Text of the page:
But the setting should not be set aside as inconsequential. The gathered community, hearing the scriptures, worshipping God, learning together, is significant to the way that Christ is preached and shares the good news (i.e., evangelism). Jesus embodied the good news of God in all places, inside and outside the “church.” He may have shunned certain rituals and religious observances, but he did not discredit or abolish the gathered community of faith. In fact, the New Testament shows us how the Spirit uses and establishes the “church” as a key place of revelation and as an agent for the fulfilling work of Jesus the Christ. The church is full of people in poverty, gathered and desperate for a good word. It is also full of the Spirit of God, able to proclaim and enact the good values and ways of the liberating Kingdom of God.
Maybe that’s why verse 21 is a bit of a cliff hanger. Because it is the church today that continues to be the fulfillment of Jesus Christ’s proclamation and good news sermon, the reason why Jesus uses the perfect tense to describe himself as the fulfillment of the Scriptures… May we become more faithful in being the good news.
In verse 21, when Jesus “began to say to them,” the aorist verb “began” is paired with a present infinitive “to say.” This makes the definition of “began” carry a small, added layer of interpretation: what Jesus is doing now is different than what he was just doing, or, according to BDAG (the Greek dictionary), his “activity now takes a new turn.” Most scholars don’t want to make too much theological import of this, choosing instead to focus on the literal and immediate turn that Jesus makes from reading scripture to preaching. However, this entire passage is a sort of pivot to Christ’s public ministry—which is made up of both literal and symbolic liberation (the heart of the message he both reads and preaches).
Also of note is where Jesus stops reading from the scroll of Isaiah; he stops immediately before the coming day of vengeance. Citing E. Earle Ellis, John Nolland (Word Biblical Commentary) finds this to be in line with “Luke’s two-stage eschatology for Jesus—salvation now, judgment in the future.”
In the 1890s, sisters (twins, actually) Margaret Dunlop Gibson and Agnes Smith Lewis, went to the St. Catherine’s Monastery at the foot of Mt. Sinai in Egypt to study ancient manuscripts housed in the Greek Orthodox community’s library. One of the books they looked through was a palimpsest, a manuscript that has been “erased” so that a new text can be written on it. The process for “erasing” the vellum (pages made from animal skin) usually involved washing or scraping it, which often left remnants of the original writing faintly evident. This particular palimpsest had the stories of the lives of women saints written around 778 AD on top of the four gospels from the fourth century. In fact, the gospel narratives underneath turned out to be some of the oldest Syriac editions ever discovered. You can read about it in the book Agnes wrote in 1894.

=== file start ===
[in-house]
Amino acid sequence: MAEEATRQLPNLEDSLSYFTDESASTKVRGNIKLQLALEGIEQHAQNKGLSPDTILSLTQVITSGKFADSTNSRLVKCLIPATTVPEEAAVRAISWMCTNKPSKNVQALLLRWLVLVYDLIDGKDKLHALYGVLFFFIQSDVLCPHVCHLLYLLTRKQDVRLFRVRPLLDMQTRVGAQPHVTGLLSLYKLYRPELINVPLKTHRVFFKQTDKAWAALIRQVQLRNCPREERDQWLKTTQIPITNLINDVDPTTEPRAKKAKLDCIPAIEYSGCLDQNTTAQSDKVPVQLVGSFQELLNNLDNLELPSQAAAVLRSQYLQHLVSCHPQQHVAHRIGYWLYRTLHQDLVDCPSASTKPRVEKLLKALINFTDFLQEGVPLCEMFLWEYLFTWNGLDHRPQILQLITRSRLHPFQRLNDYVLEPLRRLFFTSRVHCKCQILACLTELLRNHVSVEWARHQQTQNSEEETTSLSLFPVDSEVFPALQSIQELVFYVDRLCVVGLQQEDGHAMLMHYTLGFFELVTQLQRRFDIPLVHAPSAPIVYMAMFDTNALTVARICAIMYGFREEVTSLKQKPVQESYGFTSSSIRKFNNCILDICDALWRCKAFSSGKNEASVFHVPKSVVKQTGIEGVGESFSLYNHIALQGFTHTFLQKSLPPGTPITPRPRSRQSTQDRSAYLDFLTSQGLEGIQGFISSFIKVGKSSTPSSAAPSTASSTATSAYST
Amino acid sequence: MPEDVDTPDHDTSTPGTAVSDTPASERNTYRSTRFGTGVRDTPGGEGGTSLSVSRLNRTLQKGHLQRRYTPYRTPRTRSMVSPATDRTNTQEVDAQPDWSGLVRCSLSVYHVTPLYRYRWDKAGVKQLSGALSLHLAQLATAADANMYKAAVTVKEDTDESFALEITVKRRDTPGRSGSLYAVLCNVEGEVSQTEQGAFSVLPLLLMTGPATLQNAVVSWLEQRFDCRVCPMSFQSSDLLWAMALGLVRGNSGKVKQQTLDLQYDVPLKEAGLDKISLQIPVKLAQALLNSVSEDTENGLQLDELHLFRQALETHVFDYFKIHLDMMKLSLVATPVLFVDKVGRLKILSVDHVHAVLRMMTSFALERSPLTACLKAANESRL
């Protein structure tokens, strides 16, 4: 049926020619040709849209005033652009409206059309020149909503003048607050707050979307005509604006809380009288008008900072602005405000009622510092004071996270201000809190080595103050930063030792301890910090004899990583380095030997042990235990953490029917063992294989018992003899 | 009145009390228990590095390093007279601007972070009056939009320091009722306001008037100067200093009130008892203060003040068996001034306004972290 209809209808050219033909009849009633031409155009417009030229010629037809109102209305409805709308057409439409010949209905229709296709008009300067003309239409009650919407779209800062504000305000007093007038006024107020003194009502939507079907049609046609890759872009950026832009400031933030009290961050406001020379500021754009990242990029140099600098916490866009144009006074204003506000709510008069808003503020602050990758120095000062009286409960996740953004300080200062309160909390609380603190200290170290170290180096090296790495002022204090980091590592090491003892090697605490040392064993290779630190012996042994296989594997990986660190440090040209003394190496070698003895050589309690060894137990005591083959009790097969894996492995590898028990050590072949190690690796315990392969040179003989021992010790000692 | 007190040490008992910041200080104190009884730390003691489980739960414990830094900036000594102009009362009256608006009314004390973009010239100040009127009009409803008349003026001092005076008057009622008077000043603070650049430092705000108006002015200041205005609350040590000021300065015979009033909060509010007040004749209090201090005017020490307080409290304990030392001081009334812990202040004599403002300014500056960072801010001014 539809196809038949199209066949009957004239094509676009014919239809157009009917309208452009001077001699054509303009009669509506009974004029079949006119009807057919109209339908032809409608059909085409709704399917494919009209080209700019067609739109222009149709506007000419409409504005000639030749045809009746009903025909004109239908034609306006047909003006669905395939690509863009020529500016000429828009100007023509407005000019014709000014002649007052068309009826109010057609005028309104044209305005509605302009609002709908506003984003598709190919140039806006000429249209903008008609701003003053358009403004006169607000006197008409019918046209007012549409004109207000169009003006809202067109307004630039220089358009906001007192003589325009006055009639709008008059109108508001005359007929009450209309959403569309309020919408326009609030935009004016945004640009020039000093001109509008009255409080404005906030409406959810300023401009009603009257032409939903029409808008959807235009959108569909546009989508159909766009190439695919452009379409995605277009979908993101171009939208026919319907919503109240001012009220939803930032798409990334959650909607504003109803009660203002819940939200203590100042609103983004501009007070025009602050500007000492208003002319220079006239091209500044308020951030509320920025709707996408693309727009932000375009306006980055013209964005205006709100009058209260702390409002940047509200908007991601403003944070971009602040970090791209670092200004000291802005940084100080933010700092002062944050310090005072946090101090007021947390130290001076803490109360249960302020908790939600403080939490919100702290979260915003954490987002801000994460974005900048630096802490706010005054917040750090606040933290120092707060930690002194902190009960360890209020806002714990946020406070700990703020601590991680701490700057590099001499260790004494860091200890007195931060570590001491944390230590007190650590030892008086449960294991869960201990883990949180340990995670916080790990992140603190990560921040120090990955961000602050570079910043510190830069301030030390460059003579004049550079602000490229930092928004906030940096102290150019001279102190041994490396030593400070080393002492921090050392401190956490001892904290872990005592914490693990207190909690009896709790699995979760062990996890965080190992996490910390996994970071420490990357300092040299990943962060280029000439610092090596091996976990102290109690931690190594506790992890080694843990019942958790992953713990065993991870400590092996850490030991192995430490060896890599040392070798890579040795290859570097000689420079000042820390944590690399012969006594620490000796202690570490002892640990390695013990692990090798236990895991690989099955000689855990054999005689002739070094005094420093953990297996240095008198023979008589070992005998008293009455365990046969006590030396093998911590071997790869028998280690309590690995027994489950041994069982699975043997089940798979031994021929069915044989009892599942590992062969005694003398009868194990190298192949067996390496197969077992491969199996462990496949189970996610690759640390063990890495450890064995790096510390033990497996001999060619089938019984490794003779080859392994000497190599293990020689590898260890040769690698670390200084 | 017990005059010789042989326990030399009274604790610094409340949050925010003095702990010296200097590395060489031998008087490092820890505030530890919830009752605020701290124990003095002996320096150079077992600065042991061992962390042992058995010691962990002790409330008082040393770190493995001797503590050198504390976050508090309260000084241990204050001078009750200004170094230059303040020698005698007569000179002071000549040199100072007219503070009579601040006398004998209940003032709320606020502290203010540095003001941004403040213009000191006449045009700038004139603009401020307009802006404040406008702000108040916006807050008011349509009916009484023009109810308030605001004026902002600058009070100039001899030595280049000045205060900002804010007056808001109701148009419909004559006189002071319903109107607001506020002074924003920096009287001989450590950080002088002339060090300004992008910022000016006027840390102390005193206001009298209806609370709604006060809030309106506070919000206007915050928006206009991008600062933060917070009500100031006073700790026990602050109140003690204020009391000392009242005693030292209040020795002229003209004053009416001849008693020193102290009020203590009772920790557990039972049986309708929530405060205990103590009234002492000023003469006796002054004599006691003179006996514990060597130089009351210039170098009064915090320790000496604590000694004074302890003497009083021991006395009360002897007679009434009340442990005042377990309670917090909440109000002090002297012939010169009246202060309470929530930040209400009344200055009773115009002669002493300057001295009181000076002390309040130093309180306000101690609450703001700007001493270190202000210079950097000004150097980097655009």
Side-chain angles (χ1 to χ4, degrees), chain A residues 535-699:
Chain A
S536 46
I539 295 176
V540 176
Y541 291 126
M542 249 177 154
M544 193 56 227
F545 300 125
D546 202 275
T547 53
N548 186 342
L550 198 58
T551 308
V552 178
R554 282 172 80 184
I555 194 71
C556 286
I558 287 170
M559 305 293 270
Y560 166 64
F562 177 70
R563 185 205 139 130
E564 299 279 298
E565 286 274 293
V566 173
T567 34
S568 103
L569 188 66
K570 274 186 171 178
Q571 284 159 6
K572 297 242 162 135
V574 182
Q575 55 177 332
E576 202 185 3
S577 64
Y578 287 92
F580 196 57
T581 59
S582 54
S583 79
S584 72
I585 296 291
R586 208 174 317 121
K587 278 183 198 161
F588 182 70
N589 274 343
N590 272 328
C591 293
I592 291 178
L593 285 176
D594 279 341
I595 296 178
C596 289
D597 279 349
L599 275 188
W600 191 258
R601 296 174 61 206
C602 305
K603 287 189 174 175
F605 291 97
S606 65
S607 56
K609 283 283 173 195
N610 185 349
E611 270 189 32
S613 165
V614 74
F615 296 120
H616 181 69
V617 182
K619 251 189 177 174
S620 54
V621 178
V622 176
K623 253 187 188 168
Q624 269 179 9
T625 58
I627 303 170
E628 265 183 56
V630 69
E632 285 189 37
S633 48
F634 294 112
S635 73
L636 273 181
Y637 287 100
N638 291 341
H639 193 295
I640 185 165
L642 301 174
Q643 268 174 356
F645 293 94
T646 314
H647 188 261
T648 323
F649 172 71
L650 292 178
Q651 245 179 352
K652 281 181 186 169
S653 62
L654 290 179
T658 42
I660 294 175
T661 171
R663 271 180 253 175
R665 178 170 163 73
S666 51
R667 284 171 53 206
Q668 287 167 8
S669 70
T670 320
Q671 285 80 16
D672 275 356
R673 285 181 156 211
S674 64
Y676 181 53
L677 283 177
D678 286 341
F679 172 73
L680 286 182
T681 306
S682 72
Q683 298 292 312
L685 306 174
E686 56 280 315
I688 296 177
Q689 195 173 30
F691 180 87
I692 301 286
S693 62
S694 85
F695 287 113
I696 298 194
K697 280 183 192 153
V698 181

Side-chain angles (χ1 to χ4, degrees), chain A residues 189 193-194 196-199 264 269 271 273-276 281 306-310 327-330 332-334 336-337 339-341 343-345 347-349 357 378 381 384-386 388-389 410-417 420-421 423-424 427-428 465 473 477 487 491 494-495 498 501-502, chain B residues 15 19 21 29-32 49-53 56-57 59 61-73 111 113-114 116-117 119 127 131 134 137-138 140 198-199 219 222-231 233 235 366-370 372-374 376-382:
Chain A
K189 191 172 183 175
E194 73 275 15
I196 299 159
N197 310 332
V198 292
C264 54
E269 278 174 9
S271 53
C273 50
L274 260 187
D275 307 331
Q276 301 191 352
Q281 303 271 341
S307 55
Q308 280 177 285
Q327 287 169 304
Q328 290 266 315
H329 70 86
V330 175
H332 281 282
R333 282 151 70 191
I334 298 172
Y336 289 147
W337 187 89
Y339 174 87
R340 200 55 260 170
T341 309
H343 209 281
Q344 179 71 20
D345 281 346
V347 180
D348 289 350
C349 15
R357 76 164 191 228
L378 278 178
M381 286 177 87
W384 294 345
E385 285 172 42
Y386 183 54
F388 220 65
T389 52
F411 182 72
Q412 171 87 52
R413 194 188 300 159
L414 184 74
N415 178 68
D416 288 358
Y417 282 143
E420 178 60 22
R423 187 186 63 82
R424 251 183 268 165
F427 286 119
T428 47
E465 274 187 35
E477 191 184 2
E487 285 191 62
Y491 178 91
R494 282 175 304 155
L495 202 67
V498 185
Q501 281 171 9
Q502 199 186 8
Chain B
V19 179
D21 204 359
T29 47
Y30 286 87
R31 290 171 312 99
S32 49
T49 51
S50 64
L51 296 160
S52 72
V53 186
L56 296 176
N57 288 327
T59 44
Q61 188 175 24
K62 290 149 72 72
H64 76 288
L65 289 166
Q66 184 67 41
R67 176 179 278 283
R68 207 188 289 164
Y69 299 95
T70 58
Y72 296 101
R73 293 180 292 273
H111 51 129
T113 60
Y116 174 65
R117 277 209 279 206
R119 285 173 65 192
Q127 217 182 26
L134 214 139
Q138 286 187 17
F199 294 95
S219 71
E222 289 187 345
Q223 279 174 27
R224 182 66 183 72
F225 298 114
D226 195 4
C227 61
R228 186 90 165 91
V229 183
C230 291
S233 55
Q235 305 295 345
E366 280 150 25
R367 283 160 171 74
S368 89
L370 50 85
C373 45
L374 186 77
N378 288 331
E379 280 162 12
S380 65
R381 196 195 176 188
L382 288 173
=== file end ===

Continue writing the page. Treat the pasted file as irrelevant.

Jan Richardson reflects on this discovery:
“Reading about the palimpsest, I found myself fascinated by the imagery present within its story. The pages of the manuscript, with their layers of text, make visible what happened in the lives of these women of the early church. By their devotion, by their dedication to preserving and proclaiming the gospel message, the desert mothers became living palimpsests, the story of Christ shimmering through the sacred text of their own lives, the Word of God fulfilled in them.”
It is like what Jesus does here with Isaiah 61, layering himself and his ministry on top of the ancient prophetic text, telling its story through his life and liberating good news message and work. As the Word incarnate, Jesus Christ images the invisible God (Col 1.15-20) and is the embodied good news who invites us to be embodied reconcilers and ambassadors of that Good Kingdom. It is an invitation to become a living palimpsest, where God’s message is made manifest (not erased) in the story of our unique lives. Or perhaps, it’s to tell the story of our liberation, of how we have been released from what controlled us, what we are now able to see because we have been given sight, to describe what the Lord’s favour looks and feels and sounds like—both as individuals and as the church.
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Sermon Commentary for Sunday, January 23, 2022
Luke 4:14-21 Commentary